That’s where the Dream Centre seeks to fill in the gaps. Run by ER staffers Ron and Amy Townsend (pictured here with their children), the Dream Centre is a safe place for Cape Town-area kids to receive food, love, tutoring and the chance to dream of a future free of poverty.
The Townsends are fully invested in this venture. They desire to live life alongside these kids – to see them through graduation and on to college. Their hope is that by working with and loving on the children, their families also will be positively impacted.
While much of this is a vision toward the future, I have already experienced the impact they’re having on families today. I have seen parents pour out their hearts with gratitude to the Townsends for all they do for their children. Love is a powerful communicator. It needs no translation.
The Townsends – and the rest of the Dream Centre team – want these kids to know, above all else, that they are loved. They’re teaching families that there’s more to life than just survival – that poverty can be overcome and dreams can be realized.
Click here to read more about the Townsends and the Dream Centre.
Alyssa Carrel is native to Michigan. She’s passionate about the written word, children, South Africa and the melodies. Alyssa is native to Michigan. Alyssa visited Extreme Response Africa and spent time working at the Dream Centre, where she worked with at-risk kids in the after-school program.
Canadian Aimee Hurtubise is helping to change lives through Ignite South Africa. Extreme Response Canada is pleased to be the sending organization for Aimee.
The first time I drove into Qwa Qwa, South Africa, I knew I was home. I still feel that way 10 years later. Although I have spent half of the last decade living in Canada, the moment I moved back to Qwa Qwa last year I knew I had returned to a place that will always be my home away from home.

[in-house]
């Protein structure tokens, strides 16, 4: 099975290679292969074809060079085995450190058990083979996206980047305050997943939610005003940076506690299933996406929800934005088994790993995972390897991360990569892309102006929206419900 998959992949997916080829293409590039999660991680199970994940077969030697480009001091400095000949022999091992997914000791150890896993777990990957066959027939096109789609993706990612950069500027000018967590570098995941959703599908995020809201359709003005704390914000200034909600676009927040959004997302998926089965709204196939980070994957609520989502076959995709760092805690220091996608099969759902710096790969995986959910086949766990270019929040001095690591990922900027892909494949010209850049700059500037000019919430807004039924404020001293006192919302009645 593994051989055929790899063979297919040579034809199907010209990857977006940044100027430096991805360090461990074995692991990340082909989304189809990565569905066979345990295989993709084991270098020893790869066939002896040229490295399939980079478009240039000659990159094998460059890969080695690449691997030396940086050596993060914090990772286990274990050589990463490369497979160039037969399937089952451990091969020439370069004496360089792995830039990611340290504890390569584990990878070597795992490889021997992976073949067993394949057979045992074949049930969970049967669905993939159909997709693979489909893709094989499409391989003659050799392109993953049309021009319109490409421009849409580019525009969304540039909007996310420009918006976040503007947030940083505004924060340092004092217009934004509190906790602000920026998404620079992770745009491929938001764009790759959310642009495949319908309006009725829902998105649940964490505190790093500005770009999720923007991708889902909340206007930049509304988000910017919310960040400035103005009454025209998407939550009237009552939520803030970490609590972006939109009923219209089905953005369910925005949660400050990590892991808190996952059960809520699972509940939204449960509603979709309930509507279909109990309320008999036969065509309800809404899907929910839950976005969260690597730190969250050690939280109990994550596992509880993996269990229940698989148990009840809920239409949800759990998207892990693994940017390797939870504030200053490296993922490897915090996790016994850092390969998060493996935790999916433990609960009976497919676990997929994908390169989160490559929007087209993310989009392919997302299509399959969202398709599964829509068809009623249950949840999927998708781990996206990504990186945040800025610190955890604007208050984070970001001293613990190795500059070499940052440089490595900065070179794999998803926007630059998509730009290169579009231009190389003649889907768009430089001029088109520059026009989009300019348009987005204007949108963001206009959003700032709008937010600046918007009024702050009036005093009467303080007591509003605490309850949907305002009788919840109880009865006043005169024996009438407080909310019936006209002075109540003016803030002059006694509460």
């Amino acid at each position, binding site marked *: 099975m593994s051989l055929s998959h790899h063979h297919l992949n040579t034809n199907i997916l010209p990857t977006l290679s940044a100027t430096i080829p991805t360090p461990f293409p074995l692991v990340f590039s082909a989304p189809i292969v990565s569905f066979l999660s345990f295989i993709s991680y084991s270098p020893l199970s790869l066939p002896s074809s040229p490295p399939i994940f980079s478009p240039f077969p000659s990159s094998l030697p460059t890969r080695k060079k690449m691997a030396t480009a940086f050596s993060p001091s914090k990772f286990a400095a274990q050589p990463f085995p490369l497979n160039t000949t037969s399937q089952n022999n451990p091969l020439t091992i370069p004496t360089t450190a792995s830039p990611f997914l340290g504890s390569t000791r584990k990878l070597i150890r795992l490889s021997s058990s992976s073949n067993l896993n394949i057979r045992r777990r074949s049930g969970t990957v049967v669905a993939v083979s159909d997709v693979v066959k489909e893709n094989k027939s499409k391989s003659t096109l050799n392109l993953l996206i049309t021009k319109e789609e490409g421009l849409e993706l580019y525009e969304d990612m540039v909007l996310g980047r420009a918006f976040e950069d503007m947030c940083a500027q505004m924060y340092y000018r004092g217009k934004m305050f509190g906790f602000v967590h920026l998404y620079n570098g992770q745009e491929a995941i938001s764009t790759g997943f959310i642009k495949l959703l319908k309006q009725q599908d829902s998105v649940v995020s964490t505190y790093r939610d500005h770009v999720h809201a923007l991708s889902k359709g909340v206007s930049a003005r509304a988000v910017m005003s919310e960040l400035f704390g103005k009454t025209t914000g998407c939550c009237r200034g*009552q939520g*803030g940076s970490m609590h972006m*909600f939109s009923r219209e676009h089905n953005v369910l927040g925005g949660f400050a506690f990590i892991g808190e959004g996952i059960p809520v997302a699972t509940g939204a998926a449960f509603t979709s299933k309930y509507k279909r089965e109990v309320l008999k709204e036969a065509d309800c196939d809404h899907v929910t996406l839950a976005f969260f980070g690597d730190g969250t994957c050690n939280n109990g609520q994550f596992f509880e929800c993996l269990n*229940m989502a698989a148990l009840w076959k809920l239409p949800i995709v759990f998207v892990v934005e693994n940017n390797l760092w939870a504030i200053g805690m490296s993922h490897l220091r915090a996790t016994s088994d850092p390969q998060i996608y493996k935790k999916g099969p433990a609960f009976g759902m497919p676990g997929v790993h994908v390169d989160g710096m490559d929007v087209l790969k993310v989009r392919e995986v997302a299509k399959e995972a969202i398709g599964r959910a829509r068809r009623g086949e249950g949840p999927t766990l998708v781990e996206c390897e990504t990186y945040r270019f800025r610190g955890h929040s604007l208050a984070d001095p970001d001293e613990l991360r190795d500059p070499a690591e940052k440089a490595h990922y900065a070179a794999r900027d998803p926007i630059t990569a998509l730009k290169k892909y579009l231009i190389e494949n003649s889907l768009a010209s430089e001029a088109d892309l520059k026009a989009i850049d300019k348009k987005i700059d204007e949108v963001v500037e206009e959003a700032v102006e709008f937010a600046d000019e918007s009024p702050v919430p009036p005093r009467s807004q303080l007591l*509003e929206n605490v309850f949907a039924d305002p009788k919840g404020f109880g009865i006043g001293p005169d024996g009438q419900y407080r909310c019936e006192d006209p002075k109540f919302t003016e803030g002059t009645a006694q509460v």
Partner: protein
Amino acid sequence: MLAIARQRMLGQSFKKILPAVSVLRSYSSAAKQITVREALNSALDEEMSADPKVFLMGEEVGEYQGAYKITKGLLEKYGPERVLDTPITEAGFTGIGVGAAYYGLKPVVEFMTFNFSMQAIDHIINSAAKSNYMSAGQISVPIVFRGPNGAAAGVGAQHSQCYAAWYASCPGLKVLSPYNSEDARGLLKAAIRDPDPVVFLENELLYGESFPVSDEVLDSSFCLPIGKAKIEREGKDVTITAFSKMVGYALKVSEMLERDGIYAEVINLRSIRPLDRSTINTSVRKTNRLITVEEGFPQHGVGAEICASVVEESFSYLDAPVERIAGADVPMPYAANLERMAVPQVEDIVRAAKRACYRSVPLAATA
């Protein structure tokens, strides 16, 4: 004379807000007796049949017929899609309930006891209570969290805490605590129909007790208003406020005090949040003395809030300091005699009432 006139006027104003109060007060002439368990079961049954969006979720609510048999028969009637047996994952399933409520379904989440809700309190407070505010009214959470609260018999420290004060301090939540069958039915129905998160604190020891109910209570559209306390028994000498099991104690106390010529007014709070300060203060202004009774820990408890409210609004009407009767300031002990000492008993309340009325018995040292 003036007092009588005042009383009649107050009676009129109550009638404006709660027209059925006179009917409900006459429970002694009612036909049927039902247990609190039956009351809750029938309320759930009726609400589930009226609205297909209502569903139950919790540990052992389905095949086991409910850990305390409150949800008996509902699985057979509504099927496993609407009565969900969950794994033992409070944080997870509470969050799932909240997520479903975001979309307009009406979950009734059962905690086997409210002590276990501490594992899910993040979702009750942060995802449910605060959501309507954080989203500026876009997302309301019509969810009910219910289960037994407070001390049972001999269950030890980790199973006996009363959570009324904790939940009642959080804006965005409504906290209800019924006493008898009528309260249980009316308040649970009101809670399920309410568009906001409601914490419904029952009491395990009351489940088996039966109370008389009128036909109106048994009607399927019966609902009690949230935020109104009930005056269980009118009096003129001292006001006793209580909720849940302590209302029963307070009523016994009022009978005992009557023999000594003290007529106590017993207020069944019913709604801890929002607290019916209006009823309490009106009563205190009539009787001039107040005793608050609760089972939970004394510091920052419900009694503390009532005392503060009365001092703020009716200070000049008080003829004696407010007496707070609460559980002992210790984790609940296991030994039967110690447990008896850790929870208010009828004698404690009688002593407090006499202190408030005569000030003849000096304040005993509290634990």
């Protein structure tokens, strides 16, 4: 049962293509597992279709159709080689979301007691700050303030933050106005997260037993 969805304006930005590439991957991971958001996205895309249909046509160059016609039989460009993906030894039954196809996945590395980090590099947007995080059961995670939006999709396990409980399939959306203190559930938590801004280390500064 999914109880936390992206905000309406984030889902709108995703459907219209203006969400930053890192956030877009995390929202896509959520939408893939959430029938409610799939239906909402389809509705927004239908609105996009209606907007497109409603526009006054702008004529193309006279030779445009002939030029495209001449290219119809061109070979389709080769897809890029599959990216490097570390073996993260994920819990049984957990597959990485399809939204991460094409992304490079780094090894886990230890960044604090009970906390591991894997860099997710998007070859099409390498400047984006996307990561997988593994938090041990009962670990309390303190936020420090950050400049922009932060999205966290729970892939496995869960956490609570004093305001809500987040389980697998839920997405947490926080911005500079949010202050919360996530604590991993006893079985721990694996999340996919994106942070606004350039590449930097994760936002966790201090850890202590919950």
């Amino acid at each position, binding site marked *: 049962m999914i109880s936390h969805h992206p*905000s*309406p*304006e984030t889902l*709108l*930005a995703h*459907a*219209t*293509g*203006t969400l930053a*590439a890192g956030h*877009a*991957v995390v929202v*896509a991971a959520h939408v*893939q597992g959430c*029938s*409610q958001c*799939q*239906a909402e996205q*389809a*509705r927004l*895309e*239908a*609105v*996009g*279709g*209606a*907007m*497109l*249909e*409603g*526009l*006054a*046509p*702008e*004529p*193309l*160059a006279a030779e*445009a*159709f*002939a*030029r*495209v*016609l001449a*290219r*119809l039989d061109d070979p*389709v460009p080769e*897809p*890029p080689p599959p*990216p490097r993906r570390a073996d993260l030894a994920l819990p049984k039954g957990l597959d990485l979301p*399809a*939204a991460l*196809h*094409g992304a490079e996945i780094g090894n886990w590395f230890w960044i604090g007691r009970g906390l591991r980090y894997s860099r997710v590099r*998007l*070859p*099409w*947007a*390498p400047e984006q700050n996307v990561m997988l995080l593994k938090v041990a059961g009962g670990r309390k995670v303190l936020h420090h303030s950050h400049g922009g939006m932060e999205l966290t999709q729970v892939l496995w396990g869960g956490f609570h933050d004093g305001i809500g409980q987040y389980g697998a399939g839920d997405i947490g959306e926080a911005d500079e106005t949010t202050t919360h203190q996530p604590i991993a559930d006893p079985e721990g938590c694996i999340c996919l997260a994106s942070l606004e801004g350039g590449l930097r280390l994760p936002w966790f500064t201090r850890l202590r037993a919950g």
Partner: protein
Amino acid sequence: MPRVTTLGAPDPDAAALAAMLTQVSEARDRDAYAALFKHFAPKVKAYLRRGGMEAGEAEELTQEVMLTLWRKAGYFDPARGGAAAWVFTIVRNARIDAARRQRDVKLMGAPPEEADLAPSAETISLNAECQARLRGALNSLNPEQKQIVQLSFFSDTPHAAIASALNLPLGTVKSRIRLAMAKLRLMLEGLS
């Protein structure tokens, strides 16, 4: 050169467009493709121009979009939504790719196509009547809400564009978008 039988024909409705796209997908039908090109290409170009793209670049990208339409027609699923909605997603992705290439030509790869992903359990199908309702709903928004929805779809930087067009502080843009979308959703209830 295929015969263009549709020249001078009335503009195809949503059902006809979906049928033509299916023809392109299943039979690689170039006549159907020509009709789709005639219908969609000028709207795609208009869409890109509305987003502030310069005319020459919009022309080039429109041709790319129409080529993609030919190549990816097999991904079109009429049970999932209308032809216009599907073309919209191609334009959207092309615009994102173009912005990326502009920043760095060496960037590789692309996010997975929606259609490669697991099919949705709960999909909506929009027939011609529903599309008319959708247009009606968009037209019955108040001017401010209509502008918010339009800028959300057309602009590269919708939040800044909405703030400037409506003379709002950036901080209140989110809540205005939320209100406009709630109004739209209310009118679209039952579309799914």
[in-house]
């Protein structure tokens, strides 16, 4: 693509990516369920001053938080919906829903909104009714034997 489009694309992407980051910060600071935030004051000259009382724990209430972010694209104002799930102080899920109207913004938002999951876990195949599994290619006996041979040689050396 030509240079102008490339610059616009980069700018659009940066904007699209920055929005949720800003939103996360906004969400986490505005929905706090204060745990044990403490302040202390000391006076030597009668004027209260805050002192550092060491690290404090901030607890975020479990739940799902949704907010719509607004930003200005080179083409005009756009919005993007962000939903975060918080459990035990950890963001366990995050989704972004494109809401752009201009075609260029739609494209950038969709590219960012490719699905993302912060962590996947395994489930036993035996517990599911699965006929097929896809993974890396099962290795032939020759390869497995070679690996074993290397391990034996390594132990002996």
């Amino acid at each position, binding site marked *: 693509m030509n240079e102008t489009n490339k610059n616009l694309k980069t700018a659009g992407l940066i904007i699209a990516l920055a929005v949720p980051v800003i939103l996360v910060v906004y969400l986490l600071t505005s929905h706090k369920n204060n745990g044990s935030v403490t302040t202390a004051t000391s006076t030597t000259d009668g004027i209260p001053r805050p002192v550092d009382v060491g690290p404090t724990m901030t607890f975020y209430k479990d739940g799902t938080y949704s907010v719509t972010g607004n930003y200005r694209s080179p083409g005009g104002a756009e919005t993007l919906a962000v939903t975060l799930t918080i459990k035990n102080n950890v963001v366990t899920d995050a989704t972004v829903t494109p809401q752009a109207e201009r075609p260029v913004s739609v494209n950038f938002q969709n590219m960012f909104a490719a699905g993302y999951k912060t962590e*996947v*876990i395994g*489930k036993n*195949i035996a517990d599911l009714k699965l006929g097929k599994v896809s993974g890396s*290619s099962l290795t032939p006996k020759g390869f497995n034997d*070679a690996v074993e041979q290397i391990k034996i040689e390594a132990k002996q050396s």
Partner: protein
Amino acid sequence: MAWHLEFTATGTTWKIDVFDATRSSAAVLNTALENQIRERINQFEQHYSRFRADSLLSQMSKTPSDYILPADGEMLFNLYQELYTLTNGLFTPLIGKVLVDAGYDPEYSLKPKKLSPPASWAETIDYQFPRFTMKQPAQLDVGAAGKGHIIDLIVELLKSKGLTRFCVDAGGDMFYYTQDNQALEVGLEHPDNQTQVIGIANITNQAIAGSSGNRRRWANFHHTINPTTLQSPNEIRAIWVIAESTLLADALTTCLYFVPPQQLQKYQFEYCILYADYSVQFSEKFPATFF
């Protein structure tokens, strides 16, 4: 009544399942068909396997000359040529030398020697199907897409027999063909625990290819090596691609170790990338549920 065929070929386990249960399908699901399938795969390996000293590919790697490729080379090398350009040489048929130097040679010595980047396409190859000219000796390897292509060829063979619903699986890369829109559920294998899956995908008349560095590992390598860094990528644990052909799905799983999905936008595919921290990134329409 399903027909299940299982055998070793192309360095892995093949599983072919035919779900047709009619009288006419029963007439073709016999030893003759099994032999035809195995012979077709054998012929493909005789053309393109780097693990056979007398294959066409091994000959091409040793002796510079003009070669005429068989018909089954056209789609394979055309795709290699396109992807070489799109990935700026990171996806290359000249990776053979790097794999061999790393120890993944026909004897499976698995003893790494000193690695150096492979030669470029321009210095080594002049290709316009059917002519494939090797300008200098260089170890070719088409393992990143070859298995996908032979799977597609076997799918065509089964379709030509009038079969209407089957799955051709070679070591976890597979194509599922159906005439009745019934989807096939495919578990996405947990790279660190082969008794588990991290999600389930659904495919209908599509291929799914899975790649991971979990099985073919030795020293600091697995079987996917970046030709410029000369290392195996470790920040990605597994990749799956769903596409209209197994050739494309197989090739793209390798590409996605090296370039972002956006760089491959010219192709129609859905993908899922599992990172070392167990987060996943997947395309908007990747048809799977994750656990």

Qwa Qwa is a place filled with challenges, endless potential, cold winters and the warmest people. It is where I get to make a difference in the lives of orphaned and at-risk youth while being surrounded by my African family, and I can’t imagine doing life any other way.
I am able to do this work through Ignite South Africa. This organization is dedicated to developing leaders of all ages and empowering them to impact their schools, communities, country and homes.
Many young women in Qwa Qwa struggle with unplanned pregnancies. The girls typically range in age from 13-18, although I’ve seen them as young as 12. Most will keep their babies because adoption is seen in a very negative light in our community, although we will walk with the girls through either parenting or adoption.
Statistically, 25% will be HIV positive and suffer from hunger and poor nutrition. Those who will be staying with us have no where else to live. They are afraid, alone and overwhelmed. If they are orphaned or have been kicked out of their home for being pregnant, they also may be dealing with abandonment issues.
While there are no accurate statistics on teenage pregnancies in our area, we believe they are on the rise. There are flyers advertising “safe” illegal abortions on every pole, board or free space in our community. So many girls choose abortion because there is no support for them should they decide to become a parent or gift their child through adoption. We want to provide an alternative and make parenting a viable option for these girls.
House of Refuge
The Ntlo ya Setshabelo (House of Refuge) is a maternity home for orphaned or at-risk pregnant teens that we are in the process of developing. Our vision is to offer a place of safety, mentoring and encouragement to provide a solid foundation.
The girls who enter our program will be in intermediate or high school, have limited or no support from their families and must agree to fully participate in the home’s practices. This means they want to learn how to be a good mom and are willing to put in the effort.
The girls will be expected to continue their education and attend classes designed to help their development, including budgeting and life/parenting/small business skills needed to help support their families. We try to offer everything they will need to parent on their own. Our goal is to see them graduate as capable and confident mothers who will positively impact their children and their communities.
Our mentoring program will connect each girl with an older female from the community who can guide and support them. Each girl will begin this relationship while living in the home with the hope it will continue throughout her lifetime.
Ignites’ Executive Director June Blanshan shares this background on why we are introducing the the home.
“We decided to move forward with the home when we discovered that the girls were experiencing abuse and manipulation by providing sex in exchange for food, toiletries and other items. Their situations already appeared hopeless, but adding pregnancy into the mix made these girls feel trapped. Often they choose ‘safe, pain-free abortions’, which translates into illegal abortions. We believe the death rate, sterility and other complications from these unregulated clinics to be astronomically high.”